turbo cars SHOULD make peak power at redline, with anappropriate sized turbo etc.. as any power production should be overcome by pushing in more air.. cars like the N54, howeer, weren't designed from te start as racecar style, so the turbos can't push that far.


graphs of RB turbos show that peak power CAN be made at or near 7000rpm in the N54.. peak torque almost holds to there as well (but a huge hump a bit below 6)
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      12-06-2012, 10:12 PM   #26
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Quote:
Originally Posted by bradleyland View Post
In what way would it help? What is the benefit of knowing your boost level in a stock car? Once you're modded, I totally understand, but stock, I just don't see the benefit.

Peak boost is not necessarily peak power (horsepower). Peak boost will often correspond with peak force (ft-lbs/newton-meters), but if you're driving for performance, you're more interested in power band and power peak.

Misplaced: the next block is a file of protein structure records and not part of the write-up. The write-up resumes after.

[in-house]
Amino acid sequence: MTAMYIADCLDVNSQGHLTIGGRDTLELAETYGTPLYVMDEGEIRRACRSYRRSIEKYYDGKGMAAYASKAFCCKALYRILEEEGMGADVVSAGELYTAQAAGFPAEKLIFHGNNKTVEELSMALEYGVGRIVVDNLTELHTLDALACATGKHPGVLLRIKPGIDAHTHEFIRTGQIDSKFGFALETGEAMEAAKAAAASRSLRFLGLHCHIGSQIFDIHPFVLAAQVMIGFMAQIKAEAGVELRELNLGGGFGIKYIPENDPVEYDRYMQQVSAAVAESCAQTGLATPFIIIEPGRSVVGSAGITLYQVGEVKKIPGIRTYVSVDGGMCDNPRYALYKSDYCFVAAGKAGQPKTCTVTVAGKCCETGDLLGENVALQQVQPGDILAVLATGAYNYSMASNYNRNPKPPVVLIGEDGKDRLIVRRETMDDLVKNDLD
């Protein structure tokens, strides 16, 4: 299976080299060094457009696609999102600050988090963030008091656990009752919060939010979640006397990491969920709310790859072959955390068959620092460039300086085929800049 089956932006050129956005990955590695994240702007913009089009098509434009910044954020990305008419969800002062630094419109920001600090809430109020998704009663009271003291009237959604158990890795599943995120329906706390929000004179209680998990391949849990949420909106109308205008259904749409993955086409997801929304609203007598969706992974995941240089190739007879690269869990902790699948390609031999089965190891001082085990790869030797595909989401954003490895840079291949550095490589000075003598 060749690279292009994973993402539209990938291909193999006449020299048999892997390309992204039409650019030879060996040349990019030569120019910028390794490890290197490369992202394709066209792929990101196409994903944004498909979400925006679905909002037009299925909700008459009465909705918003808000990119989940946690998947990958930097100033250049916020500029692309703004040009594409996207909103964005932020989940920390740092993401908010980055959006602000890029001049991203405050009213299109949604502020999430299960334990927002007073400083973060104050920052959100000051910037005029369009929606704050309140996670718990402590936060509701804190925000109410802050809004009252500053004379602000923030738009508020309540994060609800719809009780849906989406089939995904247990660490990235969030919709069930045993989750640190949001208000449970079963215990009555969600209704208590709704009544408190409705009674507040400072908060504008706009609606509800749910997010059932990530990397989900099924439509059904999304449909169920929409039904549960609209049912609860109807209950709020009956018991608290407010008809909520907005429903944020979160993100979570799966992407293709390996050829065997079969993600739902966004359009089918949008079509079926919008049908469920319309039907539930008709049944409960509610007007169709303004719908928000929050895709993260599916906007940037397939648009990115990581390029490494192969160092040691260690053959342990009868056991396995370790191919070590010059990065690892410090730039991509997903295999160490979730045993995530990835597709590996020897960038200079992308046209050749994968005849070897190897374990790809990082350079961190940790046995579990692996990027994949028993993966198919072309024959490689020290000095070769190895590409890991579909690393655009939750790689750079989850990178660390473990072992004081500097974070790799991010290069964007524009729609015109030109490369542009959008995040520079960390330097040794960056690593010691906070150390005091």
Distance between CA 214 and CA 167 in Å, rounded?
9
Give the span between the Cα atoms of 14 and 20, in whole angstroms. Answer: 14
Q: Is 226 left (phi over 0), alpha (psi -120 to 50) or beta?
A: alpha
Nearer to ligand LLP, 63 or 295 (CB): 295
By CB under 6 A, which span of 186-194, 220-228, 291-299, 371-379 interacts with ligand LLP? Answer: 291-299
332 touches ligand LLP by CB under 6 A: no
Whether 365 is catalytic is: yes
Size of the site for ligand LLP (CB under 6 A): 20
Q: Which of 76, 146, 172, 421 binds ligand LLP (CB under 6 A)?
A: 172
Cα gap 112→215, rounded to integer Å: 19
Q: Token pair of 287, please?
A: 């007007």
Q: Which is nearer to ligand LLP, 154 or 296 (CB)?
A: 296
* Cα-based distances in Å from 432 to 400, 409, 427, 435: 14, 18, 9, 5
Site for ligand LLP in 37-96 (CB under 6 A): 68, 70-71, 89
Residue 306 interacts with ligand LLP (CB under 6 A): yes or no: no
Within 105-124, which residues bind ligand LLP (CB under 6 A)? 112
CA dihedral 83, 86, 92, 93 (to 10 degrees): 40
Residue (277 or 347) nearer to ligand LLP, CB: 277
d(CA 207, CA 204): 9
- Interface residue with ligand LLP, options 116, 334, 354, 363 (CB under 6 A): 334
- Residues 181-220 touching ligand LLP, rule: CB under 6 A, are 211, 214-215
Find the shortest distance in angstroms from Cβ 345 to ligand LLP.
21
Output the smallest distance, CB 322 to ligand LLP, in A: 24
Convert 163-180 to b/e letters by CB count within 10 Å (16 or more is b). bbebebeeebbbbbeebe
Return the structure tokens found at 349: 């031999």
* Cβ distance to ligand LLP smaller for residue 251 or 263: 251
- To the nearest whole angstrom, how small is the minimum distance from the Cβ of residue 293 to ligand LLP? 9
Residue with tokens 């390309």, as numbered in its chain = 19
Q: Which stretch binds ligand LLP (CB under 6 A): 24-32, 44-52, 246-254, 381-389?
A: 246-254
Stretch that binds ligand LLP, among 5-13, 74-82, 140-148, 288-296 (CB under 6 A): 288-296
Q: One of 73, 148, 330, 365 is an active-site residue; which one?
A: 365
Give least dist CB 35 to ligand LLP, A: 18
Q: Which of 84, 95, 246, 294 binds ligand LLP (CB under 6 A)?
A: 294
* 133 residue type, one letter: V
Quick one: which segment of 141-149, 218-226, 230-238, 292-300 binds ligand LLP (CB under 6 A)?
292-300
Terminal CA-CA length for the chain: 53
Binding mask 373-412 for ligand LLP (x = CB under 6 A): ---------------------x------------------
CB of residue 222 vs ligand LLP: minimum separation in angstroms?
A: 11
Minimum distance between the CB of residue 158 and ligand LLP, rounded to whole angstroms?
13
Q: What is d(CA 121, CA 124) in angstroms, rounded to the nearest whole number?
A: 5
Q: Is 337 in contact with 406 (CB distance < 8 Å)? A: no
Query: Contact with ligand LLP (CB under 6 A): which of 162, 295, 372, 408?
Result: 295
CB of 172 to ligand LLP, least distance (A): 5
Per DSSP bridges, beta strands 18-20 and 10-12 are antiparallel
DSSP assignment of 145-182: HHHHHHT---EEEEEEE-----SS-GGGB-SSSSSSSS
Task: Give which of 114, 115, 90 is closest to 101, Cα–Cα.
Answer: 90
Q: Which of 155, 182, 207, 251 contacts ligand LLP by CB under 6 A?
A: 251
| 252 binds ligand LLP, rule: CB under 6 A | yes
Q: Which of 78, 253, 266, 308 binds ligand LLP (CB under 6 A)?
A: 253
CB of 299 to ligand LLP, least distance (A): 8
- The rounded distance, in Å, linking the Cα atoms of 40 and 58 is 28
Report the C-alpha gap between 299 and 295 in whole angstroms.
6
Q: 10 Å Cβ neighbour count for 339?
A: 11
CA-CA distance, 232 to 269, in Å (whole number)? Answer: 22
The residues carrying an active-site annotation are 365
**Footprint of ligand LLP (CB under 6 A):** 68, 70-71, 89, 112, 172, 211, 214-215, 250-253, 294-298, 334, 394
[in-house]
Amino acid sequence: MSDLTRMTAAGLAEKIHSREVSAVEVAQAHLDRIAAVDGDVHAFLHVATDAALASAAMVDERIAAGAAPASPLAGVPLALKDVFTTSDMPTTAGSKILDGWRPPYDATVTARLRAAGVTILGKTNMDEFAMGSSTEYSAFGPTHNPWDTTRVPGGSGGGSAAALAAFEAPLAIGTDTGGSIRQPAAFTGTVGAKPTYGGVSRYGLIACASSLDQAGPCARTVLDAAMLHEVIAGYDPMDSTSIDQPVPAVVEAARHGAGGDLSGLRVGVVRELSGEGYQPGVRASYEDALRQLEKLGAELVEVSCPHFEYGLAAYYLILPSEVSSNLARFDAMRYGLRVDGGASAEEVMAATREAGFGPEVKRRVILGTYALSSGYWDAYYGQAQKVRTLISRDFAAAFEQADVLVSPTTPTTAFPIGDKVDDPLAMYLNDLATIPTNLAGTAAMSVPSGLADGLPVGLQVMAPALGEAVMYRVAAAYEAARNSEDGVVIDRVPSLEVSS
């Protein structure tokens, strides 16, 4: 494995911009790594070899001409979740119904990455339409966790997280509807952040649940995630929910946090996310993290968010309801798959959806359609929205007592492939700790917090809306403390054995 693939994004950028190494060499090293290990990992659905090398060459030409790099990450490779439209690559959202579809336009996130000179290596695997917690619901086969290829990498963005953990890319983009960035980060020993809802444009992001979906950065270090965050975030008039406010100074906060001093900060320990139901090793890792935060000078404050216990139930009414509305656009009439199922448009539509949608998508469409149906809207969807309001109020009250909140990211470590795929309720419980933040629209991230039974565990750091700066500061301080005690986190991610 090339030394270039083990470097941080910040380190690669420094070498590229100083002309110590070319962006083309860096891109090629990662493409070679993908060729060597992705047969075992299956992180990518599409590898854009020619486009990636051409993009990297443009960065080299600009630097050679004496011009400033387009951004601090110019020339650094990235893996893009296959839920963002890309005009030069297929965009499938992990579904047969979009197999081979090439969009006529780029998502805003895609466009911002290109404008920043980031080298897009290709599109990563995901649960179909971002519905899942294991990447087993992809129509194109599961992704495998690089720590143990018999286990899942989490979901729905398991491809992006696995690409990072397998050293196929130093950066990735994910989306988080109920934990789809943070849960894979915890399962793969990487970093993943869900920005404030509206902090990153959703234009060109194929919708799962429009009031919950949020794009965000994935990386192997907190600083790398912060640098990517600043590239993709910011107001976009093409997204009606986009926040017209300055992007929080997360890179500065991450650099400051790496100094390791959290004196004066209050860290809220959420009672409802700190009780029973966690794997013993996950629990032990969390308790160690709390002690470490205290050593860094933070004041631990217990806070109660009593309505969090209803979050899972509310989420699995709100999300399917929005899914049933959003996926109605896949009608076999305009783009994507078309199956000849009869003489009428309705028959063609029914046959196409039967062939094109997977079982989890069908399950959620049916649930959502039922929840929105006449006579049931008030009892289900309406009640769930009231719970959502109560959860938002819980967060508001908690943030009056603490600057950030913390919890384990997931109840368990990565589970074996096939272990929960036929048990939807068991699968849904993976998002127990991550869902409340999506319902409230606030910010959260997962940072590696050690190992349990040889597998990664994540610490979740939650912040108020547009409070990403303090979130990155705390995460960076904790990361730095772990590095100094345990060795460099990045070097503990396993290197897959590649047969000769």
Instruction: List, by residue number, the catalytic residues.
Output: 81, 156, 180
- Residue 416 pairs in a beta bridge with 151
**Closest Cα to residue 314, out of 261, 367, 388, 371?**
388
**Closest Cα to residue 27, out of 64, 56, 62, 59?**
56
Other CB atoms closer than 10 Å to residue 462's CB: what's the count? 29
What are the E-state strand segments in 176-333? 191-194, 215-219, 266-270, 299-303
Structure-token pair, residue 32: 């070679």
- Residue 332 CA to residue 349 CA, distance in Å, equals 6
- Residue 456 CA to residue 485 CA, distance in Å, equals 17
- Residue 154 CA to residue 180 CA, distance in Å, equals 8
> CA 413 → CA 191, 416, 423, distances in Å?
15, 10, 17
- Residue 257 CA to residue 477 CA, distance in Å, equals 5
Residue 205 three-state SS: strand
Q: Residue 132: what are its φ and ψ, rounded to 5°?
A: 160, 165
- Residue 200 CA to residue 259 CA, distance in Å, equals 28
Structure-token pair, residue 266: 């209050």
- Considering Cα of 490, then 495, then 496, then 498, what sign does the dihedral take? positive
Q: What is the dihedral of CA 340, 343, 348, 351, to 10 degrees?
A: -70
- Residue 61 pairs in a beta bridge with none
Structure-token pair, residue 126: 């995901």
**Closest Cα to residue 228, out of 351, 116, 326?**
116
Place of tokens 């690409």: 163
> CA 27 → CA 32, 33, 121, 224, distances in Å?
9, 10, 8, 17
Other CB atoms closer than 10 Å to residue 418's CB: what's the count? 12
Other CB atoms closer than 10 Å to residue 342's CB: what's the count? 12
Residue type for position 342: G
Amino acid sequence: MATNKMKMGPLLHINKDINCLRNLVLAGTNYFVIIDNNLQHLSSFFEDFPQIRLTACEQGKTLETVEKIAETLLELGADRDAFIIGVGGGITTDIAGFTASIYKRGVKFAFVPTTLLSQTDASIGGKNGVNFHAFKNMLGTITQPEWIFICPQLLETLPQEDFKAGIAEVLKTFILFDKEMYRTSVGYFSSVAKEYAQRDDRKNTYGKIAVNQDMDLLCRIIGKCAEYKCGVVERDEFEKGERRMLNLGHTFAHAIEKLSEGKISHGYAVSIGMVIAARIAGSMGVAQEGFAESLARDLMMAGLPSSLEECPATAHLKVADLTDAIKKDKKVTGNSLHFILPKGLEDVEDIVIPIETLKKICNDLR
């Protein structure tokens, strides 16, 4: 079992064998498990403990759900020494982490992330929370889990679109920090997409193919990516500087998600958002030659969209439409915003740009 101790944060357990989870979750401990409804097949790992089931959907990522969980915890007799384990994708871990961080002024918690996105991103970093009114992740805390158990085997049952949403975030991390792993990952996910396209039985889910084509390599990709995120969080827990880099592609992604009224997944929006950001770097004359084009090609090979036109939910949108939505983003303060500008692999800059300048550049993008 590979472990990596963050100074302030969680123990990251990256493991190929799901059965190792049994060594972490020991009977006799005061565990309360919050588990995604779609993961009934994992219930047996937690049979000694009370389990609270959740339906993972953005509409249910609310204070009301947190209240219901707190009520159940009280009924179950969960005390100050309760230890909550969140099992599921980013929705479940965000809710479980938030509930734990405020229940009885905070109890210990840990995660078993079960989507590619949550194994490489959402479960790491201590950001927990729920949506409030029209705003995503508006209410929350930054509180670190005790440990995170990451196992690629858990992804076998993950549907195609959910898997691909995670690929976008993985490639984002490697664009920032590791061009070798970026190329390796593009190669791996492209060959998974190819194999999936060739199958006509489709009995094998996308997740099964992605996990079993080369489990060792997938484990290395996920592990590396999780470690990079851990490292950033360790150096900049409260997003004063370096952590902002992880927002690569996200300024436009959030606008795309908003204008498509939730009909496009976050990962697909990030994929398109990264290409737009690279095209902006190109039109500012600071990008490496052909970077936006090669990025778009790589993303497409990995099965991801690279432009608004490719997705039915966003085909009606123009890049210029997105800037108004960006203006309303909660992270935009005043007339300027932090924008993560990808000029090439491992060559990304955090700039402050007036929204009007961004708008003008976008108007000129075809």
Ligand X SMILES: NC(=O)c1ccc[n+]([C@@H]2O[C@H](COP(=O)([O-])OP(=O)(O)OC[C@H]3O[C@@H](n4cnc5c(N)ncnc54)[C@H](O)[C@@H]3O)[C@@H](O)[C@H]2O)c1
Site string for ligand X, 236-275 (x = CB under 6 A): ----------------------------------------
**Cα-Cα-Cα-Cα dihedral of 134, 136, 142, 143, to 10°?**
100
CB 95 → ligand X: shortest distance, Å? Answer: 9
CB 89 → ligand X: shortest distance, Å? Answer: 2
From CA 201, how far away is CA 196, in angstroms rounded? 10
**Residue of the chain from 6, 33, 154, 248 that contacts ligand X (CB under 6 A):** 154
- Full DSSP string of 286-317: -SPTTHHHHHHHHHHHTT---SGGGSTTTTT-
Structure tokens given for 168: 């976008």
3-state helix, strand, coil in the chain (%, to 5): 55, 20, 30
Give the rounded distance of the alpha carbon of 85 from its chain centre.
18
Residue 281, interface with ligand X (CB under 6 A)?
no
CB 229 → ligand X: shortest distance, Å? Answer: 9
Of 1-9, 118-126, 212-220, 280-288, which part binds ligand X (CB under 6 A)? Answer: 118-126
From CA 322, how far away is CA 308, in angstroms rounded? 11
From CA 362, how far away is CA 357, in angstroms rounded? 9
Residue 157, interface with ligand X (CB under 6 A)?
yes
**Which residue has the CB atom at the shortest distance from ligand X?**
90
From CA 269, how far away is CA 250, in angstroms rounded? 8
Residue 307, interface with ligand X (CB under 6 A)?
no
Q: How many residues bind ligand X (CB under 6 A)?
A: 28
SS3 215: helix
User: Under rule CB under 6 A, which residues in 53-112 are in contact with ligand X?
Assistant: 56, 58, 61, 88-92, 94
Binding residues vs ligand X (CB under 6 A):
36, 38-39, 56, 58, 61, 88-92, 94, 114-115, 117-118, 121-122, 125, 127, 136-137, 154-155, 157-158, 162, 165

If you're interested in knowing where your engine performs best, go do a dyno run. They're usually pretty cheap. If you're running stock, you can just Google image search for 135i N55 dyno and browse the results to get a feeling for where your car is making power.

If you're drag racing, you're most interested in determining shift points. Those are based on acceleration profiles for each gear. Peak acceleration should occur with peak power, so once you have a dyno, you know your shift point (or roughly). With a turbo car, you can sometimes benefit from short shifting a bit. If you really want to know, you get an accelerometer app for your smartphone, and you datalog an acceleration run in each gear. You combine the plots, and you look for the cross-overs. That's your shift point.
Well it would help at the very least in simply knowing that the turbo is at full boost. Just like the red line on your RPM gauge.